As a heavily sipped tire the Goodyear would be more of a winter focused tire.
I found my CC2's to be quite good in the slush. It doesn't pull the car all over like my all-seasons did, and seems to clear it better fwiw. On ice and hard pack they are only average, but still a bit better then the good all-seasons I had...
 
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I just put a set of the WeatherReadys on my 2020 Fusion a few weeks ago. They replaced the OEM Energy Saver A/S’s with 11,000 miles on them as they were abysmal in the snow this past winter season. I’ve put 1,000 miles on the GY WRdy and I am pleasantly surprised. They ride well and are quiet considering the tread design.

I couldn’t decide between these and the CC2 but couldn’t get past the inability to rotate side to side with the CC2 tread design.

Gas mileage average has dropped about 2 mpg from 34 to 32 but with the improved all weather traction and handling that’s a small sacrifice.
the car still gets 35-36 consistently on the highway at 75 mph so I am not the least bit disappointed.

I can post a couple pics of the tires on the car later.
 
Last edited:
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I am going to pass on the CC and get the Goodyear Weatherready

So what do you think of the WRdy after driving on them for one winter season? '21-'22 was my first winter on the WRdy on my 2020 Fusion and I am very impressed (compared to the Michelin Enegery Saver A/S which were absolutely abysmal in the snow '20-'21 winter). They handled quite well in the lake effect snowfall of the West Michigan region. My only minor complaint would be they need additional traction on takeoff. Other than that I think they are exceptional.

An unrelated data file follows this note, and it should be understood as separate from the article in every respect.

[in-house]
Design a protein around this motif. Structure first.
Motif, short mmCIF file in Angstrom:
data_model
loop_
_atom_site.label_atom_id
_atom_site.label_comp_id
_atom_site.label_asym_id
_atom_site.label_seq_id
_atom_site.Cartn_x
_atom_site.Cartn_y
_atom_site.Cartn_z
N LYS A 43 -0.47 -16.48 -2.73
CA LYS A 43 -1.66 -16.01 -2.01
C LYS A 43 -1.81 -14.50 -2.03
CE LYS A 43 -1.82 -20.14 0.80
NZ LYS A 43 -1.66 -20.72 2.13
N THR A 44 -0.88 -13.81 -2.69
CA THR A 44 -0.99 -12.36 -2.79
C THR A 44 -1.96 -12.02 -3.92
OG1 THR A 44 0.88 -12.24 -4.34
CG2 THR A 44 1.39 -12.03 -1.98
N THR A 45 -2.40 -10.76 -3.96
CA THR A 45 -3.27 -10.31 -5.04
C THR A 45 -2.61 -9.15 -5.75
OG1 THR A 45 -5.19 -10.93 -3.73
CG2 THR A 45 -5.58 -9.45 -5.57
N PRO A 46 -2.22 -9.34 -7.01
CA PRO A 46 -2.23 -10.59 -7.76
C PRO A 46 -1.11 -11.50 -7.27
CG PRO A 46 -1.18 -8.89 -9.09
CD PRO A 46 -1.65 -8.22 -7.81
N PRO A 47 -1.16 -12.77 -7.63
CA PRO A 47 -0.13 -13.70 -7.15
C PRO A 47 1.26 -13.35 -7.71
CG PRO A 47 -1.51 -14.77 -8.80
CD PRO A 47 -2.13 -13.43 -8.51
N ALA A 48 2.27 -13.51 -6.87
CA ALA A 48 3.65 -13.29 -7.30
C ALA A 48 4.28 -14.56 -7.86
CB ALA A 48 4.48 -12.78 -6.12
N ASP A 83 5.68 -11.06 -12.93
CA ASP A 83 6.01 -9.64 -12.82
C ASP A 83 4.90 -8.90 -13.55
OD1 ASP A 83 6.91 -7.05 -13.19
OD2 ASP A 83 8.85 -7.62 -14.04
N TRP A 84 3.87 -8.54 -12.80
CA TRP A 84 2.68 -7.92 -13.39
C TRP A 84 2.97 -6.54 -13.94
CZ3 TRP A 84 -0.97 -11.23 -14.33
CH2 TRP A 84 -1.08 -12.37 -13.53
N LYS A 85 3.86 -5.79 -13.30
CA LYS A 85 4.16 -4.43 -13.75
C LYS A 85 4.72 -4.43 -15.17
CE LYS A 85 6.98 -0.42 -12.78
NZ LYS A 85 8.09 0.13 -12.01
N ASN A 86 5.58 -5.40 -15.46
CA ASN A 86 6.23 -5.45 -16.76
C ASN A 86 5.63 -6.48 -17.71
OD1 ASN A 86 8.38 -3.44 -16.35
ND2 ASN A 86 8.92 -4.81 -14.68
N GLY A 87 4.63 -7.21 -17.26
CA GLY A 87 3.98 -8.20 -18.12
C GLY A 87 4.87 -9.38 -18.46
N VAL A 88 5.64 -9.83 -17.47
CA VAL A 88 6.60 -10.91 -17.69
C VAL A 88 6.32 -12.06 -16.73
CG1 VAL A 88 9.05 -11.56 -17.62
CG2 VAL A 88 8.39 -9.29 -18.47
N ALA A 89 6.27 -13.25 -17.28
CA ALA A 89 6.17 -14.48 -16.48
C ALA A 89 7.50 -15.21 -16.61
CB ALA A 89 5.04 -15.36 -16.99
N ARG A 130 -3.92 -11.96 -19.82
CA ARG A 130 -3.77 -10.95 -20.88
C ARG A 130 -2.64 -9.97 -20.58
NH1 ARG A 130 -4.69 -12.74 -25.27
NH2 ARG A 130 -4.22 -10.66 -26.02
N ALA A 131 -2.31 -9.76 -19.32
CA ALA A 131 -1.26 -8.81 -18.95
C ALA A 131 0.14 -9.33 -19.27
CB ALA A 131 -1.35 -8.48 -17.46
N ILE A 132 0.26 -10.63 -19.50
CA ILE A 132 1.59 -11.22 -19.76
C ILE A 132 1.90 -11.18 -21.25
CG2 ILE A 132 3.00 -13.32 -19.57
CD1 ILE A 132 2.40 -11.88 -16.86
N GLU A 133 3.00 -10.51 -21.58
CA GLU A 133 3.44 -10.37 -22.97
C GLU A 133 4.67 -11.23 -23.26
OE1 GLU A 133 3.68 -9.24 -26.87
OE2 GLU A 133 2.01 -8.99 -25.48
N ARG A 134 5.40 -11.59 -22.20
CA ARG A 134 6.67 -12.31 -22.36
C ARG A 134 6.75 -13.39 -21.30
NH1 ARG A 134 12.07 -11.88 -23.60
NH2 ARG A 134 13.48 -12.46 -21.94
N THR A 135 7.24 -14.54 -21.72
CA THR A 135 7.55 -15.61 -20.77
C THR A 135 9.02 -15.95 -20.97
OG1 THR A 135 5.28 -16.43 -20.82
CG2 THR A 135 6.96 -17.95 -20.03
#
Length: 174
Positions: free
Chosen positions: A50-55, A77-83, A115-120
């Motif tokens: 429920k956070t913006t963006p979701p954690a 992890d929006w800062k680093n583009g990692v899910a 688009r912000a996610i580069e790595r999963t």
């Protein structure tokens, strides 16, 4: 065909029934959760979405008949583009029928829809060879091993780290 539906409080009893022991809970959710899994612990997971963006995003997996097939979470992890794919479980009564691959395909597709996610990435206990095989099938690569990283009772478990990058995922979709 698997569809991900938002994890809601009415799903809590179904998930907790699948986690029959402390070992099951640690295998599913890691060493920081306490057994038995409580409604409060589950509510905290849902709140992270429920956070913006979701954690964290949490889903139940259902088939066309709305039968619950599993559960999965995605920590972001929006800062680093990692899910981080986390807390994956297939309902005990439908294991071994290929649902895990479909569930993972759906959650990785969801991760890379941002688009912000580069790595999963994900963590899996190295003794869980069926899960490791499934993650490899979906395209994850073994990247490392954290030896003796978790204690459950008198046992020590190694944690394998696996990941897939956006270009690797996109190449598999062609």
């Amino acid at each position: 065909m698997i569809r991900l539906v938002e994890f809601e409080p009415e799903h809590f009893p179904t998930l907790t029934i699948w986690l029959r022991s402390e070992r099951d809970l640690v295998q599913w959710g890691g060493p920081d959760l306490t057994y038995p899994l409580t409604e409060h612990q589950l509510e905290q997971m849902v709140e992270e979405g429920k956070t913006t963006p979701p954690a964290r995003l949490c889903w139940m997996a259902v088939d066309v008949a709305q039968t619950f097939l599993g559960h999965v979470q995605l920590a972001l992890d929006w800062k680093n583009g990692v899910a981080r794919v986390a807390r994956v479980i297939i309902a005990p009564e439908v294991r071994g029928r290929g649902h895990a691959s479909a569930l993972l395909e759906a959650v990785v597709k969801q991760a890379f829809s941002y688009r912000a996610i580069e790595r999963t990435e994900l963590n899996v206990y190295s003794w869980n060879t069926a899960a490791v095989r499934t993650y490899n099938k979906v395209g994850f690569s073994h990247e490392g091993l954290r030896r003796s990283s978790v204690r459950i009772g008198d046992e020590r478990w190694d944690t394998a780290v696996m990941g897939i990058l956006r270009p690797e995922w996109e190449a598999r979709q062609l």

I'd like to hear what you think of them.
 
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Michelin said when launching the CC - a summer tire that works in winter.
Its a summer focused all season for moderate regions / short winters.
Where it struggles is icy/slushy conditions.
As a heavily sipped tire the Goodyear would be more of a winter focused tire.
I seems like to me, to give it "Summer tire" like qualities, the tread blocks are long, which hurts its performance in the winter, in particular in deeper, heavy wet snow. Its competition has smaller tread blocks, have more siping, which won't help it in the 3-seasons, but withstanding rubber compound differences, should dig into the snow better.

Buying tires is a trade off, no matter what category you choose.